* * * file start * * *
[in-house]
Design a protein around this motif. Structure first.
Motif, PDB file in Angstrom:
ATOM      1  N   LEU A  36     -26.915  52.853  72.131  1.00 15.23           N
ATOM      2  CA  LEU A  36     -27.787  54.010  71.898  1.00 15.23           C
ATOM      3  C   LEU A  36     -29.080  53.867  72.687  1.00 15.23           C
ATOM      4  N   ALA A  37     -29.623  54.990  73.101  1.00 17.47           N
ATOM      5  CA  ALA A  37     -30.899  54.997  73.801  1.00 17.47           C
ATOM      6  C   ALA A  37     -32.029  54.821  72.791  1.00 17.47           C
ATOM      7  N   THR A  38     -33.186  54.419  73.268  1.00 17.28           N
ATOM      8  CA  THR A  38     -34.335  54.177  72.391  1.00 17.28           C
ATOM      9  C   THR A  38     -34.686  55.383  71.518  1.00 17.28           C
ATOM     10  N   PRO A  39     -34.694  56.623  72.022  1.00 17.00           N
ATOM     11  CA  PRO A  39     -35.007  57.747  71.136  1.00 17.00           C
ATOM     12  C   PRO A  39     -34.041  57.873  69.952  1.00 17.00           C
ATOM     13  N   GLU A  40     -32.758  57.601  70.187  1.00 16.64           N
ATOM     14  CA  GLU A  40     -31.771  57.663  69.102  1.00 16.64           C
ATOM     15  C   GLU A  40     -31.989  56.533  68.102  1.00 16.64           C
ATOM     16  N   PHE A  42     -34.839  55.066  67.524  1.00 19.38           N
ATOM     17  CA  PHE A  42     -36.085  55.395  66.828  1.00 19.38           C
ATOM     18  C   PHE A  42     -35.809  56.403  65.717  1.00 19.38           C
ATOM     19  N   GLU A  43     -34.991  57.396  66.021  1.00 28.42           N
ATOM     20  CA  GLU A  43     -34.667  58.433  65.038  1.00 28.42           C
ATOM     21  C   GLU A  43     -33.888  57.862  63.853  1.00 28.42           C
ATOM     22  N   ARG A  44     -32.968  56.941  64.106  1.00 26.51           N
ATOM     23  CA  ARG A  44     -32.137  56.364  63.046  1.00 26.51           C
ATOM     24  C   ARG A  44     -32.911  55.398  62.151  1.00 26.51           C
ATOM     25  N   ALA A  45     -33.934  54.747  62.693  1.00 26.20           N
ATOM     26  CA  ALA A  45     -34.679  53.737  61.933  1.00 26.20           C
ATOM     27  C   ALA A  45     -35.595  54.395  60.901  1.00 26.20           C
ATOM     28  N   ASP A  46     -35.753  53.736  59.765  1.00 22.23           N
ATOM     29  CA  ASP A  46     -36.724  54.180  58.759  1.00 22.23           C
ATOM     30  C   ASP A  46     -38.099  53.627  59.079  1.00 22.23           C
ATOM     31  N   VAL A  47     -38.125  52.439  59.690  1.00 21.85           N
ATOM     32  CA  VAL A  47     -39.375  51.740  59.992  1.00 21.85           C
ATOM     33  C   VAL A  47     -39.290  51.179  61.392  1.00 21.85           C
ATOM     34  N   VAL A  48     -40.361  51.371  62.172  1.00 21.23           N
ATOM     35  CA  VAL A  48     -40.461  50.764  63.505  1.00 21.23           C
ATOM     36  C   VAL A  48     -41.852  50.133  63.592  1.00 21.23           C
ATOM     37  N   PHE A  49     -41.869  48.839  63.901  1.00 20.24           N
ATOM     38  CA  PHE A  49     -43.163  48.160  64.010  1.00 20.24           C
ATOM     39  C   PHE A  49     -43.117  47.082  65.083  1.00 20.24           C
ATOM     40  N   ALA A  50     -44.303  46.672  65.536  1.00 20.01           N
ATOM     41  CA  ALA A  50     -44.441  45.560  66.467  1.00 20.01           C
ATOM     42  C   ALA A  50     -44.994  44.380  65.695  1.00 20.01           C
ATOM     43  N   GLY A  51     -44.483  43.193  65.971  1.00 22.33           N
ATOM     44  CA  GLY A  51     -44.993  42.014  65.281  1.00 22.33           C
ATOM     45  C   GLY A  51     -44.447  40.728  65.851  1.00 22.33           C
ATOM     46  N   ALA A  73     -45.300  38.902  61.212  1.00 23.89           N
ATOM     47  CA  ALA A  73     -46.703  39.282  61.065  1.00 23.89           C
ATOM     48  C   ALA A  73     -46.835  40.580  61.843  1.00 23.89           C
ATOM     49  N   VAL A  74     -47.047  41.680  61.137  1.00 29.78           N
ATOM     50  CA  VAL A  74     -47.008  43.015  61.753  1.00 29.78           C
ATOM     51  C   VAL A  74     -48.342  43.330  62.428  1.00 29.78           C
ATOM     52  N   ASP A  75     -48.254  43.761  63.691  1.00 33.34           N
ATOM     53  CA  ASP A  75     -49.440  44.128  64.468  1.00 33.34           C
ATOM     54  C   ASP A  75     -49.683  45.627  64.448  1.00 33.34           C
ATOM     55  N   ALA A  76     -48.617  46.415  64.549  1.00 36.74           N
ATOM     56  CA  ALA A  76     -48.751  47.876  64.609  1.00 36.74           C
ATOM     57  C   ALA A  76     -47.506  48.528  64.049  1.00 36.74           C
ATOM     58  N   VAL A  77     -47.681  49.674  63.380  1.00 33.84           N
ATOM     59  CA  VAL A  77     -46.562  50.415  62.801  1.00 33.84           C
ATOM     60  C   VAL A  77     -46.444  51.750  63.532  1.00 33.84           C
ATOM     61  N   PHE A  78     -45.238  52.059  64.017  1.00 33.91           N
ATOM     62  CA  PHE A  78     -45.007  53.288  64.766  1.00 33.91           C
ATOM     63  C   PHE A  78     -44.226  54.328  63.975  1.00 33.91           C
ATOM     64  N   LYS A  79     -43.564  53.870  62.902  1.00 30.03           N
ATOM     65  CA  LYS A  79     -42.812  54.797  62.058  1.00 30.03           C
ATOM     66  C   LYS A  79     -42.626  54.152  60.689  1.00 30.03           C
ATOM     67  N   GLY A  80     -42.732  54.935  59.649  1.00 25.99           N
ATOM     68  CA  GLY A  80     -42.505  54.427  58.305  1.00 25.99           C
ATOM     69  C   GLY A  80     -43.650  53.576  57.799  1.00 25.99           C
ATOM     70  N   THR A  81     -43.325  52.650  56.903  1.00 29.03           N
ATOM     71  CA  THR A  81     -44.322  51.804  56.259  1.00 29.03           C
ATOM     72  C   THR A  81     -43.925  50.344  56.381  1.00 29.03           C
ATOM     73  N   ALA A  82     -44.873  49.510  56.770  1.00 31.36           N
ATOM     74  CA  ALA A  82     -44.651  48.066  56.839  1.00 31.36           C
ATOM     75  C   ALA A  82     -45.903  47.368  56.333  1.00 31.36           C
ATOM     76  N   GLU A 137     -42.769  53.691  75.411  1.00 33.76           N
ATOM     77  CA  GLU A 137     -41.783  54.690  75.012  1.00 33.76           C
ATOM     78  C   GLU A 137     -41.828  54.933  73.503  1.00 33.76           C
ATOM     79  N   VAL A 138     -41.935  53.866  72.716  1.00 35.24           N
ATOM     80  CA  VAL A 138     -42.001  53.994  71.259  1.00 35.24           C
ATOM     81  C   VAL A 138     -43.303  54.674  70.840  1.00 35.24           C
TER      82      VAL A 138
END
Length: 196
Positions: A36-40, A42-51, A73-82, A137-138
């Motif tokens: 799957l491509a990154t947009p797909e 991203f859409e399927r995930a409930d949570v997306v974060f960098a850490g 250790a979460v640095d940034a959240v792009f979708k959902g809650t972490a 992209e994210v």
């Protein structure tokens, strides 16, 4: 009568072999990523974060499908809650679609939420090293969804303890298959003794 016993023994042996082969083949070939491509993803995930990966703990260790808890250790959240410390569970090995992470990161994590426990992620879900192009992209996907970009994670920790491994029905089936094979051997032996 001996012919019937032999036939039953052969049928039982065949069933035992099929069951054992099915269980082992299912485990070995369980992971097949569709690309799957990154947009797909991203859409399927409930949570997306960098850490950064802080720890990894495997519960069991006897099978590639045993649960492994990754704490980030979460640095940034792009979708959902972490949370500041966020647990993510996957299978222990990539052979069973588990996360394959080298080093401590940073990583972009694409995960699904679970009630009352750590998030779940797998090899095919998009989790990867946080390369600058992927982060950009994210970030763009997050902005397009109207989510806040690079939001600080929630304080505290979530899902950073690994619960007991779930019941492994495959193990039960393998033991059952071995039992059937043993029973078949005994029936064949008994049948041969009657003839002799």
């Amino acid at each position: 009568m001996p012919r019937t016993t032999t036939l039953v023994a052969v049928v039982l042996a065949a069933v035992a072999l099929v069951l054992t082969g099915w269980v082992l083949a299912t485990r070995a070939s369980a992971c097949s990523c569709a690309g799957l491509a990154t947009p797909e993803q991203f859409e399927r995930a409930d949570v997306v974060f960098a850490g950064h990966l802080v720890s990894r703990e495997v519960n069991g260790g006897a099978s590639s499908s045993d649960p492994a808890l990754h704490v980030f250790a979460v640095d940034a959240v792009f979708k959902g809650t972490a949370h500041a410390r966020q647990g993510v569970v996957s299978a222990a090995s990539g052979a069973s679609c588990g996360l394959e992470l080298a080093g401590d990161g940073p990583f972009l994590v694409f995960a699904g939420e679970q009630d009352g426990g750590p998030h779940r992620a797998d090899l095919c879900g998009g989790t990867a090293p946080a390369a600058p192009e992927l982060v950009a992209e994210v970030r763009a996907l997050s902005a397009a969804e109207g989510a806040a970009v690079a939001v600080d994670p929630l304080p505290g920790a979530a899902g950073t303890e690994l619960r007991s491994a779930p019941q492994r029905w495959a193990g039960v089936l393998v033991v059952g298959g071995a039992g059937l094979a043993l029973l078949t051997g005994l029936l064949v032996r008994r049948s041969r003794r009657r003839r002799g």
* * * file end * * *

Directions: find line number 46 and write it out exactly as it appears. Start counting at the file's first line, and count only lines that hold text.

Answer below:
ATOM     43  N   GLY A  51     -44.483  43.193  65.971  1.00 22.33           N